Have you considered that your concern about the oxidisation of the centre pin applies equally to F connectors? The centre pin is bare. It makes a touch contact with the female part of the first socket. The signals are up to the Gigahertz range, therefore the wavelengths are much smaller and so factors such as skin effect are potentially more significant. It would seem sensible to surmise then that surface oxidisation would present more of an issue for satellite signals than it would for DVB-T/T2 Freeview signals. And yet, no one is calling for some new kind of soldered satellite connector. We are not seeing hundred or thousands of people complaining that their satellite signals have been lost because the centre pin isn't shiny any more. I wonder then, is the concern about oxidation really a bit overplayed? Fitting an F plug with a Belling Lee-type adapter simply makes for a different style of connection. It wouldn't 'fix' the issue of oxidisation even if it existed.

    In addition, you'll know that RF signals can jump a gap. This is why a cable can show open circuit for DC and yet still deliver an RF signal.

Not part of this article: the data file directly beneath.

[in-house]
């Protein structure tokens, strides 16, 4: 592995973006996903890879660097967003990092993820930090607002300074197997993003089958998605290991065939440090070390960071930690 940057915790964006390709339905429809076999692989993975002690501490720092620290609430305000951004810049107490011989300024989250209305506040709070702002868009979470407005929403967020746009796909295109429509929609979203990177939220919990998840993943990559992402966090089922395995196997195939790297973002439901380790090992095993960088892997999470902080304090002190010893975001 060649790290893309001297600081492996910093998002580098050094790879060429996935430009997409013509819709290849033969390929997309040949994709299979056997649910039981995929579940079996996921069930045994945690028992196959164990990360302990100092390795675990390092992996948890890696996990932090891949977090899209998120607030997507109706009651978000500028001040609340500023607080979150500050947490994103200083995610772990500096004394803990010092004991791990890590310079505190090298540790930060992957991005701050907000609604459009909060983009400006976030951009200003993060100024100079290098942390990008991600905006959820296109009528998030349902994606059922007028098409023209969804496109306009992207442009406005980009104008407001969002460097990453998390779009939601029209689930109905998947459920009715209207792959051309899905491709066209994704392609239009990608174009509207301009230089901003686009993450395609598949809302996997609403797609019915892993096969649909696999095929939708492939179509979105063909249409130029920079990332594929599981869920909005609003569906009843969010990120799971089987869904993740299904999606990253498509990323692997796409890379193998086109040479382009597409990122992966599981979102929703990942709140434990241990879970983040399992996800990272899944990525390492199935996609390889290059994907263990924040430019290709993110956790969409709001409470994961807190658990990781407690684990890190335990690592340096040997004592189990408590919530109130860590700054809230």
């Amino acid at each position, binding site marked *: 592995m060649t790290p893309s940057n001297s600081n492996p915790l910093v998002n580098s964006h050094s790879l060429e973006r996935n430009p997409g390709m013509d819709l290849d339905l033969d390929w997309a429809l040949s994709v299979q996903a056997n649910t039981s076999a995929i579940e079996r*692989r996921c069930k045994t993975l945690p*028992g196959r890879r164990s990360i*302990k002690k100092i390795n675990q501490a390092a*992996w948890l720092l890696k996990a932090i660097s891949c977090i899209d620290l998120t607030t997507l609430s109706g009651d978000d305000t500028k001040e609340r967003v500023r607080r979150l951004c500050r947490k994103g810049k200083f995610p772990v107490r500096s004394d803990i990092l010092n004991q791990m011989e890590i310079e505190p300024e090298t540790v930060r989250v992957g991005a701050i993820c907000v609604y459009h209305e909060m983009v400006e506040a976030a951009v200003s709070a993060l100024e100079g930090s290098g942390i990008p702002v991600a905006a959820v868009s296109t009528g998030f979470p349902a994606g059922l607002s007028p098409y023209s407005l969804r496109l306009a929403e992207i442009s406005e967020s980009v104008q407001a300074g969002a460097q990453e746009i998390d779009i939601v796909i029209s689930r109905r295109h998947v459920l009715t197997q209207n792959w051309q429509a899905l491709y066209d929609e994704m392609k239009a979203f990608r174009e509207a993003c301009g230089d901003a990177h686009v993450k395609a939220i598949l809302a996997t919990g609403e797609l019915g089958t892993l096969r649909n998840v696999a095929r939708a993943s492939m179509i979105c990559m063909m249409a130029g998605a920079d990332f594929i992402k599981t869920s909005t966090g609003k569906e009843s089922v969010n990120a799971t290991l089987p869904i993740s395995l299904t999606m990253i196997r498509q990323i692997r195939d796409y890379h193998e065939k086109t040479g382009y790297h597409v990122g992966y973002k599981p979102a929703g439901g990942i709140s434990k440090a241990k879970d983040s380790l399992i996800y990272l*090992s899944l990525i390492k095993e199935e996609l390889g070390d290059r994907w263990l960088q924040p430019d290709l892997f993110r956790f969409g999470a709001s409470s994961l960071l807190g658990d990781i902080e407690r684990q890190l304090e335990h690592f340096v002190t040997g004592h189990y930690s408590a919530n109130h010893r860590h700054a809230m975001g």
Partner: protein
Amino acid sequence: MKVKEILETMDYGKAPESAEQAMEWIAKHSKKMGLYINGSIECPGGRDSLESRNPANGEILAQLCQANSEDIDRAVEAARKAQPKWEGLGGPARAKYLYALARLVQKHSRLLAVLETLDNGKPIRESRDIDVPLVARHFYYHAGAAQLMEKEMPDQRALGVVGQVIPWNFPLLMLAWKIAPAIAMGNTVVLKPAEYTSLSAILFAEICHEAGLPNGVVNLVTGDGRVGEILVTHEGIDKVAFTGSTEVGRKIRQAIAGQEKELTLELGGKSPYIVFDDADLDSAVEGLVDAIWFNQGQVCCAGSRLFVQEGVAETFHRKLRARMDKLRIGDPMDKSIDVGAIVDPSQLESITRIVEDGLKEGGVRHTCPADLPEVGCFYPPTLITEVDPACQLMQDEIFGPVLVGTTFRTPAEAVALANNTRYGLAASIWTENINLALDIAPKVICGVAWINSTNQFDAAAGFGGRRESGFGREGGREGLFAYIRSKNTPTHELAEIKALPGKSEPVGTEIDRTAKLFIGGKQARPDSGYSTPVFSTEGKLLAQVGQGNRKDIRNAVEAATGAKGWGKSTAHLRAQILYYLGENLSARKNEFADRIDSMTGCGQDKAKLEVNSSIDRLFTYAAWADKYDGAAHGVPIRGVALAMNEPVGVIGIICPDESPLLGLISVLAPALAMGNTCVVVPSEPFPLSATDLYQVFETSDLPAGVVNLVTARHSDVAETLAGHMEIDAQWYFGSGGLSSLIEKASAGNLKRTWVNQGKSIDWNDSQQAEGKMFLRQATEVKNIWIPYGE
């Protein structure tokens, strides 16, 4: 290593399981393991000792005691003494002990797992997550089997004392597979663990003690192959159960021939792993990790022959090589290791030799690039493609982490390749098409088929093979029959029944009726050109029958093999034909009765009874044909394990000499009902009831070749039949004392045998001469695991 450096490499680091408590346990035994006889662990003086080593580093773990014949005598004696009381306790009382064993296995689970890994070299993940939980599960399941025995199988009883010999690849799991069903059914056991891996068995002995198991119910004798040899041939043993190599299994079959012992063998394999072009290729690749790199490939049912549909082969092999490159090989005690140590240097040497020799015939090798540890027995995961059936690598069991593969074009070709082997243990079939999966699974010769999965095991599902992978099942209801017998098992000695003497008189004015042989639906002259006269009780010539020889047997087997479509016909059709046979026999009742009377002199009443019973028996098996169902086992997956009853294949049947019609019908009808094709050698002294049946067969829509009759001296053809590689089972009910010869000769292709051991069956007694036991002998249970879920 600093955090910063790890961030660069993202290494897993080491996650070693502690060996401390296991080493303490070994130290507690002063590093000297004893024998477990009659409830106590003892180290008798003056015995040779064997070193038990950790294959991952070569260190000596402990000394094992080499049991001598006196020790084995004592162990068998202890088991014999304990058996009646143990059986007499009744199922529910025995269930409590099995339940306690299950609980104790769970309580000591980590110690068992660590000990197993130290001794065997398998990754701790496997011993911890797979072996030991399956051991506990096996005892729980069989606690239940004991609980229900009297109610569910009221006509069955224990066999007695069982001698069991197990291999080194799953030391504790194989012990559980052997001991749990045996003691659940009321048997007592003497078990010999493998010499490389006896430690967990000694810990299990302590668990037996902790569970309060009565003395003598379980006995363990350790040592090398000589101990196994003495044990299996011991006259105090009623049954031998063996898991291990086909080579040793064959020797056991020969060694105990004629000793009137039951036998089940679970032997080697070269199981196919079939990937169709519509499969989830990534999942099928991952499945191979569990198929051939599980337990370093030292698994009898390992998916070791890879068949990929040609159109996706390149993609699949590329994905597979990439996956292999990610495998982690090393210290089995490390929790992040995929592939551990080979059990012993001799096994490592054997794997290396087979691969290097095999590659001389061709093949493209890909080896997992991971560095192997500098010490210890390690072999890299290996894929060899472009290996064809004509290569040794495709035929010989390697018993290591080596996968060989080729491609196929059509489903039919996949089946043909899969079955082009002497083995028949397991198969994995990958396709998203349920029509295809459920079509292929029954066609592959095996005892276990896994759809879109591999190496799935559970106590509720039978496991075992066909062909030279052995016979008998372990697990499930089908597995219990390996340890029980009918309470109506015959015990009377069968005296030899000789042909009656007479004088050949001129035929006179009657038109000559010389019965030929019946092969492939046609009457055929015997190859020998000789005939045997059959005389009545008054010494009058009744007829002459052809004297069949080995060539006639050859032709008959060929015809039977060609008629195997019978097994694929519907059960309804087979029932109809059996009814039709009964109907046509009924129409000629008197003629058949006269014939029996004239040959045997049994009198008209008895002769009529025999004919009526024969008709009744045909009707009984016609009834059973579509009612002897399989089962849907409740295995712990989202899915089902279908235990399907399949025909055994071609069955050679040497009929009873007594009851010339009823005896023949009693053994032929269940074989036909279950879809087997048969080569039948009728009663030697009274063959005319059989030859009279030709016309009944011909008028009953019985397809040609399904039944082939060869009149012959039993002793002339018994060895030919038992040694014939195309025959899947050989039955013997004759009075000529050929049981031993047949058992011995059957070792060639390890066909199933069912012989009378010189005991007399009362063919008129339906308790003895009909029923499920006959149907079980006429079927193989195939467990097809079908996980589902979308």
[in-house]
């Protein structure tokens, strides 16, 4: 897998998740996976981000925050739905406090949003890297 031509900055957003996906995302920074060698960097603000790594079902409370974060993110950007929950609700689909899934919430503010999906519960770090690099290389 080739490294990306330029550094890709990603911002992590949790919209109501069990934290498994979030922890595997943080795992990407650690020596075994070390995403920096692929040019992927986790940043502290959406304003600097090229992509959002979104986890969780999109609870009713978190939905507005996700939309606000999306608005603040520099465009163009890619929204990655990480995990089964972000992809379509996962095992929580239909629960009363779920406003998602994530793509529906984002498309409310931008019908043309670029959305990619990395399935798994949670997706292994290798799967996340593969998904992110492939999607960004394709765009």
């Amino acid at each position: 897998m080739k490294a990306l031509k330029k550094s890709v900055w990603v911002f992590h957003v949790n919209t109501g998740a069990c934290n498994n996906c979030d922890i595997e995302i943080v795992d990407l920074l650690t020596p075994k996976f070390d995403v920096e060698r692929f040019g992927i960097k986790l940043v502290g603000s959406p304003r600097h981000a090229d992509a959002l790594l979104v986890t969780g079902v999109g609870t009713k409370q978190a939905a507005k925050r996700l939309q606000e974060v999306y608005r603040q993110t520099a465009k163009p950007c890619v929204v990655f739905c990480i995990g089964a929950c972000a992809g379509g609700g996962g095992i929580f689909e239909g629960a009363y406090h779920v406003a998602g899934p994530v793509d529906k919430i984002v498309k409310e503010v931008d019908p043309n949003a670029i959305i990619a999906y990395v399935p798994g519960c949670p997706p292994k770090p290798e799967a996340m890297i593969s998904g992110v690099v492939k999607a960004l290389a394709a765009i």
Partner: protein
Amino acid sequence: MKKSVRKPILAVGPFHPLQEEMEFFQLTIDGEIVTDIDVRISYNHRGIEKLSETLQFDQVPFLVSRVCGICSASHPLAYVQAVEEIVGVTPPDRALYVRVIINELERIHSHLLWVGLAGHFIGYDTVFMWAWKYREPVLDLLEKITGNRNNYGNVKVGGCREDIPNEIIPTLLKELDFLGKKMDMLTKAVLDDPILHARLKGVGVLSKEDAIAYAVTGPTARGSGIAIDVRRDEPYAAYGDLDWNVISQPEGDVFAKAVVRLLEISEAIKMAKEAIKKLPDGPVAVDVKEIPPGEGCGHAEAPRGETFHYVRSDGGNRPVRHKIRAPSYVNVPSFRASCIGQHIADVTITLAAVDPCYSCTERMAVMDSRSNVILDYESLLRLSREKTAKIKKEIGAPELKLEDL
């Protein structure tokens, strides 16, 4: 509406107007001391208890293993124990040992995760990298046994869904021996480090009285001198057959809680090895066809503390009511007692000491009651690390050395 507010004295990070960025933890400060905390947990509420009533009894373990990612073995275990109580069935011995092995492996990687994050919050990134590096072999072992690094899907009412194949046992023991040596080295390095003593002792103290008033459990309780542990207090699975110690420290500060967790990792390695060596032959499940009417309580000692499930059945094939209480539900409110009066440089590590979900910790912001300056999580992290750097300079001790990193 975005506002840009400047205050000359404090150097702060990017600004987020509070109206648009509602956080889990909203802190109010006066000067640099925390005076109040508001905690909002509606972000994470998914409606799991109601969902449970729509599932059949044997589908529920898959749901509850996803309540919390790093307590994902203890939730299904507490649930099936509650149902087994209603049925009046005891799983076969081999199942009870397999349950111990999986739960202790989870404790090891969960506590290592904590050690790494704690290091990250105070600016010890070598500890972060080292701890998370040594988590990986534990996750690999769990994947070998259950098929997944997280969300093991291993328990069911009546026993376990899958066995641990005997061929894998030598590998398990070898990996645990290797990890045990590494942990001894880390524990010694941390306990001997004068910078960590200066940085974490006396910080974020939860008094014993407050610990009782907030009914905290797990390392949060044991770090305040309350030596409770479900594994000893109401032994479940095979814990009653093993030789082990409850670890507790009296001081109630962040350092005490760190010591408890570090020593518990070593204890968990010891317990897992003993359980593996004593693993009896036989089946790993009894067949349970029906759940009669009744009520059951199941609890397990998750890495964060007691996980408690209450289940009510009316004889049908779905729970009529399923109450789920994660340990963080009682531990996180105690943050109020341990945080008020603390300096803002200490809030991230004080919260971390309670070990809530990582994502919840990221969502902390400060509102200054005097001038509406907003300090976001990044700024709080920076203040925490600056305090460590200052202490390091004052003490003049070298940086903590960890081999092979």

As long as the centre pin is in contact with the centre tube of the coax plug, and bending it as show plus doing a little crimp as shown pretty much guarantees that, then the rest of the concerns about oxidisation are just theoretical problems rather than real world issues.

    Your point about a DC connection is valid, but AFAICT, this isn't required here.


    Yeah, I have fixed a lot of poorly fitted or loose coax plugs too. I have been using the pigtail method for over 10 years. The number of call backs I have had for plug issues is Zero.

    Soldering coax plugs is fine for a professional installation where the type of install would benefit. For DIYers though, it's OTT in most cases
     
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  16. ericmark

    ericmark

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    I would say the big thing is kinking the cable before putting in the pin, with PL259 yes I will solder, but TV plug the plastic will not take the heat.

    As to the band pass filter shown, so many times found a lovely socket, but other end there is nothing, we all know there should be a similar device to combine the aerials but so often missing.
     
  17. winston1

    winston1

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    You have to be quick, and have many years experience.